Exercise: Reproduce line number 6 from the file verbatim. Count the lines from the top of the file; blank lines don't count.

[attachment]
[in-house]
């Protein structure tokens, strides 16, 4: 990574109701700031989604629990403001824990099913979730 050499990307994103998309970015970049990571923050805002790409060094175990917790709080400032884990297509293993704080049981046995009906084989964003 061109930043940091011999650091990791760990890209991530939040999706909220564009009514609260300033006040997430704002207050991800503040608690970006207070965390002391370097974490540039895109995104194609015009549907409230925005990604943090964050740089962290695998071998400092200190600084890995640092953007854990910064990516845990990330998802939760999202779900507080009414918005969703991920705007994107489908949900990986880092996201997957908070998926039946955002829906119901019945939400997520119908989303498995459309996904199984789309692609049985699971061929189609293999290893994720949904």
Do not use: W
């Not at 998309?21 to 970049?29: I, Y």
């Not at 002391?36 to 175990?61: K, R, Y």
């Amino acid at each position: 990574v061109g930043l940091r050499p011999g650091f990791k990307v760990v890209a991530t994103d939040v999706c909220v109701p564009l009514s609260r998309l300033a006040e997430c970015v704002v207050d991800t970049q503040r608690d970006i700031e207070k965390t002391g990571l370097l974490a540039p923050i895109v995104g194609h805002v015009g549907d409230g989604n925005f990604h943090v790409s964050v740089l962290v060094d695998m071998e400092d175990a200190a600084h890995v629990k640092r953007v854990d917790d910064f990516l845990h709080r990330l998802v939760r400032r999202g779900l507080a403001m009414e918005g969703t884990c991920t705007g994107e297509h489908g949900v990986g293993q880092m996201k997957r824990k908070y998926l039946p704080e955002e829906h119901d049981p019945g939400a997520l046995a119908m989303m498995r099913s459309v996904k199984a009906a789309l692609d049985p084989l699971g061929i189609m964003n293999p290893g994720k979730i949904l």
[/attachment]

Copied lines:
């Amino acid at each position: 990574v061109g930043l940091r050499p011999g650091f990791k990307v760990v890209a991530t994103d939040v999706c909220v109701p564009l009514s609260r998309l300033a006040e997430c970015v704002v207050d991800t970049q503040r608690d970006i700031e207070k965390t002391g990571l370097l974490a540039p923050i895109v995104g194609h805002v015009g549907d409230g989604n925005f990604h943090v790409s964050v740089l962290v060094d695998m071998e400092d175990a200190a600084h890995v629990k640092r953007v854990d917790d910064f990516l845990h709080r990330l998802v939760r400032r999202g779900l507080a403001m009414e918005g969703t884990c991920t705007g994107e297509h489908g949900v990986g293993q880092m996201k997957r824990k908070y998926l039946p704080e955002e829906h119901d049981p019945g939400a997520l046995a119908m989303m498995r099913s459309v996904k199984a009906a789309l692609d049985p084989l699971g061929i189609m964003n293999p290893g994720k979730i949904l």